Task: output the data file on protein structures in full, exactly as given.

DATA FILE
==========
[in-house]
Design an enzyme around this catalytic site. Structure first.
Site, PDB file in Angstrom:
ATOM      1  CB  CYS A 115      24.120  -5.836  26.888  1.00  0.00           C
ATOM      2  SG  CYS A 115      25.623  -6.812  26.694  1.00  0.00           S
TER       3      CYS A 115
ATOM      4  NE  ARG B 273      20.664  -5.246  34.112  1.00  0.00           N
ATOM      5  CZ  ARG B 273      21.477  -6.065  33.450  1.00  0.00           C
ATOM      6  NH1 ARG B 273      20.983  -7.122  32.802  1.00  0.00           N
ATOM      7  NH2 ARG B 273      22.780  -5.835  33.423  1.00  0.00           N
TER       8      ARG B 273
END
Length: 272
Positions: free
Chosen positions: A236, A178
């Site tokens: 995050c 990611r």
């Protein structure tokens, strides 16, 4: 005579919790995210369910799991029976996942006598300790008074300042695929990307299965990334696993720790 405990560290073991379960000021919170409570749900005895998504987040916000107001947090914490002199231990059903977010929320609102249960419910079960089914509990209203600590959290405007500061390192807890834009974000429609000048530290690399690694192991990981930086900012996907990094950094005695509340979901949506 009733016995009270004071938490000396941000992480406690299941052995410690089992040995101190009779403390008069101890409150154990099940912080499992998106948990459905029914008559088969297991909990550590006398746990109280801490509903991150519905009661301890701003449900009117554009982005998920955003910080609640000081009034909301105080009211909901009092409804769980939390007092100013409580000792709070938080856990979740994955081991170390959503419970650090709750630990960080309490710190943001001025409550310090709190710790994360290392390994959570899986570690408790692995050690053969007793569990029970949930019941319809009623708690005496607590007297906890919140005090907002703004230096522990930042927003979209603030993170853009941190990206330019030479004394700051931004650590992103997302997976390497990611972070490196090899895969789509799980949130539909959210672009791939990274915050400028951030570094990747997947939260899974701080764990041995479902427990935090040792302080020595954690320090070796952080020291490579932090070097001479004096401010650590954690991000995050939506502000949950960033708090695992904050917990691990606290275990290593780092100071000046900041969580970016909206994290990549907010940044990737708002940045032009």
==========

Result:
[in-house]
Design an enzyme around this catalytic site. Structure first.
Site, PDB file in Angstrom:
ATOM      1  CB  CYS A 115      24.120  -5.836  26.888  1.00  0.00           C
ATOM      2  SG  CYS A 115      25.623  -6.812  26.694  1.00  0.00           S
TER       3      CYS A 115
ATOM      4  NE  ARG B 273      20.664  -5.246  34.112  1.00  0.00           N
ATOM      5  CZ  ARG B 273      21.477  -6.065  33.450  1.00  0.00           C
ATOM      6  NH1 ARG B 273      20.983  -7.122  32.802  1.00  0.00           N
ATOM      7  NH2 ARG B 273      22.780  -5.835  33.423  1.00  0.00           N
TER       8      ARG B 273
END
Length: 272
Positions: free
Chosen positions: A236, A178
């Site tokens: 995050c 990611r």
């Protein structure tokens, strides 16, 4: 005579919790995210369910799991029976996942006598300790008074300042695929990307299965990334696993720790 405990560290073991379960000021919170409570749900005895998504987040916000107001947090914490002199231990059903977010929320609102249960419910079960089914509990209203600590959290405007500061390192807890834009974000429609000048530290690399690694192991990981930086900012996907990094950094005695509340979901949506 009733016995009270004071938490000396941000992480406690299941052995410690089992040995101190009779403390008069101890409150154990099940912080499992998106948990459905029914008559088969297991909990550590006398746990109280801490509903991150519905009661301890701003449900009117554009982005998920955003910080609640000081009034909301105080009211909901009092409804769980939390007092100013409580000792709070938080856990979740994955081991170390959503419970650090709750630990960080309490710190943001001025409550310090709190710790994360290392390994959570899986570690408790692995050690053969007793569990029970949930019941319809009623708690005496607590007297906890919140005090907002703004230096522990930042927003979209603030993170853009941190990206330019030479004394700051931004650590992103997302997976390497990611972070490196090899895969789509799980949130539909959210672009791939990274915050400028951030570094990747997947939260899974701080764990041995479902427990935090040792302080020595954690320090070796952080020291490579932090070097001479004096401010650590954690991000995050939506502000949950960033708090695992904050917990691990606290275990290593780092100071000046900041969580970016909206994290990549907010940044990737708002940045032009």